Tuesday May 30, 2023

San Francisco Chronicle

The state agency that manages California’s water resources has made “only limited progress” in accounting for the effects of climate change in its operations and forecasting, a state audit found this week.

“Until it makes more progress, the Department of Water Resources will be less prepared than it could be to effectively manage the State’s water resources in the face of more extreme climate conditions,” the state audit concluded.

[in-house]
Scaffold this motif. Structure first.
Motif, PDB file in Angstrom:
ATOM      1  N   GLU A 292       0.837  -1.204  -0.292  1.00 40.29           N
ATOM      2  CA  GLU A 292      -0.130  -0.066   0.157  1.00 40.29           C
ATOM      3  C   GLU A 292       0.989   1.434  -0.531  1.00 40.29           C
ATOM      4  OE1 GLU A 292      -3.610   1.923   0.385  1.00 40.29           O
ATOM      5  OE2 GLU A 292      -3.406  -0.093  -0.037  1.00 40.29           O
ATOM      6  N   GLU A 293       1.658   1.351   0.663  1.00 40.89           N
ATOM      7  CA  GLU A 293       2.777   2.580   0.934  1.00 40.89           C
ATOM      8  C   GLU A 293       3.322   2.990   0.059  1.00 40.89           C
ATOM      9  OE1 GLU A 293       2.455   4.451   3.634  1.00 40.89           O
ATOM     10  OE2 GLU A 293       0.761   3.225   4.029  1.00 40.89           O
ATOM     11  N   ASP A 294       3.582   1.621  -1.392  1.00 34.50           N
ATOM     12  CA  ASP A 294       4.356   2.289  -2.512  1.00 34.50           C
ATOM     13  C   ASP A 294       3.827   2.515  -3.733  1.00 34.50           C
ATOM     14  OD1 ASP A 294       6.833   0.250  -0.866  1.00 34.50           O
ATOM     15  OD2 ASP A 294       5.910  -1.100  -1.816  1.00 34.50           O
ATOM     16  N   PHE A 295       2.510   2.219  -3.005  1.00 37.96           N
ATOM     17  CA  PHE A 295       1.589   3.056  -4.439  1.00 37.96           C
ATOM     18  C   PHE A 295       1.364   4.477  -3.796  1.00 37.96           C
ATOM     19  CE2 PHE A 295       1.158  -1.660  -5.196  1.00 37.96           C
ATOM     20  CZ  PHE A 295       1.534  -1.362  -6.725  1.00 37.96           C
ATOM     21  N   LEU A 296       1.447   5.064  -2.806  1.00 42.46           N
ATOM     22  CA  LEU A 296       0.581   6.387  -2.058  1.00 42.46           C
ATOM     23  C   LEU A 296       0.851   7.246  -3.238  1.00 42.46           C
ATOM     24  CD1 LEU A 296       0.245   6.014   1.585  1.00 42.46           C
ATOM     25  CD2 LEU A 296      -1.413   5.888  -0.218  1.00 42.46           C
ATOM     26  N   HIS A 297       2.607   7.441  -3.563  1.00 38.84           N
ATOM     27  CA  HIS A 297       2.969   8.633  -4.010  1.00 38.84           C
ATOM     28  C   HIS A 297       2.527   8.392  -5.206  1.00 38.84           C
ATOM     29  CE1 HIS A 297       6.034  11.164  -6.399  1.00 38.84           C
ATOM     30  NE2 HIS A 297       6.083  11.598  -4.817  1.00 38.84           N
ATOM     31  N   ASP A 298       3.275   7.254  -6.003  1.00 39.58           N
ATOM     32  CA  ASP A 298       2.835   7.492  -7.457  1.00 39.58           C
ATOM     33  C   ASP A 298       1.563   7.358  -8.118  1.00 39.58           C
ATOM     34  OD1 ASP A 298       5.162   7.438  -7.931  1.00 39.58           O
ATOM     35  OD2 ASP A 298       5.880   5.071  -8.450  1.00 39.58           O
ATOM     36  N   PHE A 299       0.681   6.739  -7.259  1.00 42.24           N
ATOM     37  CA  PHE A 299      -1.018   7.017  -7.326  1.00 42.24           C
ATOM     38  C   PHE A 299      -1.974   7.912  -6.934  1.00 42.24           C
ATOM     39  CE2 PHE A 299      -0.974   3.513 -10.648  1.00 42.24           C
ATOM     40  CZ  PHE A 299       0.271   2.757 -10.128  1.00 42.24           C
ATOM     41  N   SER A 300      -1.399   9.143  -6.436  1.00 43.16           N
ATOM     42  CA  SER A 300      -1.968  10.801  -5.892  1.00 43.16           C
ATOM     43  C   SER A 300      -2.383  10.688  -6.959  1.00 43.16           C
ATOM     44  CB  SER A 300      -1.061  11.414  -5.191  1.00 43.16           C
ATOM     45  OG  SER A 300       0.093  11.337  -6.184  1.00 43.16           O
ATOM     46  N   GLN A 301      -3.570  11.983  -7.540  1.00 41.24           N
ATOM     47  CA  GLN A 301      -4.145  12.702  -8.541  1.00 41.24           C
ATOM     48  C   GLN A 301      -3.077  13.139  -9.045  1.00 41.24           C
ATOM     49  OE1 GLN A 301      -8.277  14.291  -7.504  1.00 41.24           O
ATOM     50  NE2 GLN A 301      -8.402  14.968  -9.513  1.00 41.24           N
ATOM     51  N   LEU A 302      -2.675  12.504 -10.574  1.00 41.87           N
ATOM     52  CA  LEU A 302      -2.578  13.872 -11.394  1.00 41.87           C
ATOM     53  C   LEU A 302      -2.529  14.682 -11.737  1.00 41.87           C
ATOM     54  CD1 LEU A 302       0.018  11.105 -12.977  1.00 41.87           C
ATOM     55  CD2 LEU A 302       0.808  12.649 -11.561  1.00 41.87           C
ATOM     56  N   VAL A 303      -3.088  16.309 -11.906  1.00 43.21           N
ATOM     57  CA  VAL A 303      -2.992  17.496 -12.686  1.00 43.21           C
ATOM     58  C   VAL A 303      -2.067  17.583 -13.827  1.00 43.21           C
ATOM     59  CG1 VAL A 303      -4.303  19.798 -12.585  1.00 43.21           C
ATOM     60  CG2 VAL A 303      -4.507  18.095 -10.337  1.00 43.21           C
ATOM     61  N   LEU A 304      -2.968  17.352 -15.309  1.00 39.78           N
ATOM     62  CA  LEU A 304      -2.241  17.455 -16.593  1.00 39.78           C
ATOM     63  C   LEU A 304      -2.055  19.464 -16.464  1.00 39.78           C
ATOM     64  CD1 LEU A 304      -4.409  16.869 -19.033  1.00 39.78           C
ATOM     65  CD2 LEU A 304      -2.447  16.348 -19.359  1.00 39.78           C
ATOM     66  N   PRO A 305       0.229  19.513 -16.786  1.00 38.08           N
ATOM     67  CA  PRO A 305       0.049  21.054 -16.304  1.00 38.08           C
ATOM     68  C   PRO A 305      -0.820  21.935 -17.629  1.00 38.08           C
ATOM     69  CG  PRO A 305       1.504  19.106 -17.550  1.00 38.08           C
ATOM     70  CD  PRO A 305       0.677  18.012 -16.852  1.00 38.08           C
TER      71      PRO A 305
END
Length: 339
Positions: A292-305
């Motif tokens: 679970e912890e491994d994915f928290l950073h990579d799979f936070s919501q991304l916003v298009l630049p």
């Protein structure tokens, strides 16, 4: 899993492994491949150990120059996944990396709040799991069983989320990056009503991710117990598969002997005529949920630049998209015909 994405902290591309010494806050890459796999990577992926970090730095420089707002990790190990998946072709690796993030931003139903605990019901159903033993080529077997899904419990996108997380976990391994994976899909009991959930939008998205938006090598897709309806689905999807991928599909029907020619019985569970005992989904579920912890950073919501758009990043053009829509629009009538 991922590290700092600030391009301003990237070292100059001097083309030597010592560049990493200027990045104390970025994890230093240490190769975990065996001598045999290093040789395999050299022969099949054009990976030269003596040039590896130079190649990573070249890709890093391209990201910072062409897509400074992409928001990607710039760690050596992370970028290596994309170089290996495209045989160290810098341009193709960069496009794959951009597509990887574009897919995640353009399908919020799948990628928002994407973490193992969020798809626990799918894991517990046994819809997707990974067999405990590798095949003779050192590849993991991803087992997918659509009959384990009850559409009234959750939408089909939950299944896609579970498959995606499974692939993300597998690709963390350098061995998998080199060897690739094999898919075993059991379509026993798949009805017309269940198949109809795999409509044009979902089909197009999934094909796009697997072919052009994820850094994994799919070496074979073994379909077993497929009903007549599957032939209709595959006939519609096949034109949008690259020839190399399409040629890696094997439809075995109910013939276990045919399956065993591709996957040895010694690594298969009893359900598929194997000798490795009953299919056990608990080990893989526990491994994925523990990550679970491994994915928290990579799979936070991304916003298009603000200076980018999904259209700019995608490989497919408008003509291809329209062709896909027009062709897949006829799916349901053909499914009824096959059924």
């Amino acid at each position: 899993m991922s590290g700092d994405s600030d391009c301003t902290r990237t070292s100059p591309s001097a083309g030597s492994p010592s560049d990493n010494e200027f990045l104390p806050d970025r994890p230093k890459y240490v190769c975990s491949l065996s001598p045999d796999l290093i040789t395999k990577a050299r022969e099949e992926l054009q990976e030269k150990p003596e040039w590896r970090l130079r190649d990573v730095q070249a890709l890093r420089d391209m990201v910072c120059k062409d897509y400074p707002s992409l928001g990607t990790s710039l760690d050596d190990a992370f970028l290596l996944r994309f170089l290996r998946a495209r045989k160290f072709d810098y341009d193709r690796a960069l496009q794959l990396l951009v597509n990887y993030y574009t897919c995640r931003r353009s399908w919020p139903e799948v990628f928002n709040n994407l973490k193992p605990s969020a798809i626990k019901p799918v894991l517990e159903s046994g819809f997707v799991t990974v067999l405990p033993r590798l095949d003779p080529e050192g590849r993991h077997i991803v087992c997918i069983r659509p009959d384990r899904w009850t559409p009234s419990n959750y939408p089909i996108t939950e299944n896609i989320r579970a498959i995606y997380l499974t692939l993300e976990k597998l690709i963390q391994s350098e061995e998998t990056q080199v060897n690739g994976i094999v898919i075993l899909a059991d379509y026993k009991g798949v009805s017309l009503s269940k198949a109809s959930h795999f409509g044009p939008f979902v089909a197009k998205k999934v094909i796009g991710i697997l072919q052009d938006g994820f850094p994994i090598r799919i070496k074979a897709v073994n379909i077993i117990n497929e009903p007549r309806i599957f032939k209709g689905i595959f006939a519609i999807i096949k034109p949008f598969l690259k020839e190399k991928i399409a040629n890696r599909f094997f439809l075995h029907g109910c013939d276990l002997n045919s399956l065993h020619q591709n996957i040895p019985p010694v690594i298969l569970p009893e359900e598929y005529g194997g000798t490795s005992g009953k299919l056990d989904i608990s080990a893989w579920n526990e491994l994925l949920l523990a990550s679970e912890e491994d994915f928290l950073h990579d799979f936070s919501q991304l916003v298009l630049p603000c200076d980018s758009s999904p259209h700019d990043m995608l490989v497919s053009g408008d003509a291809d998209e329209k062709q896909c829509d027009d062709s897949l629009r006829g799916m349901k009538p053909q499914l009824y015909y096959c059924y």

The Department of Water Resources also sometimes releases water from its surface reservoirs without sufficient explanation and documentation, the state auditor reported, citing releases from Lake Oroville as an example. 

Some water releases are necessary to maintain water quality and sustain habitats for fish and wildlife species, but the agency released more water than was required — water that could’ve been used by as much as 229,000 households in a year, the state auditor wrote. 

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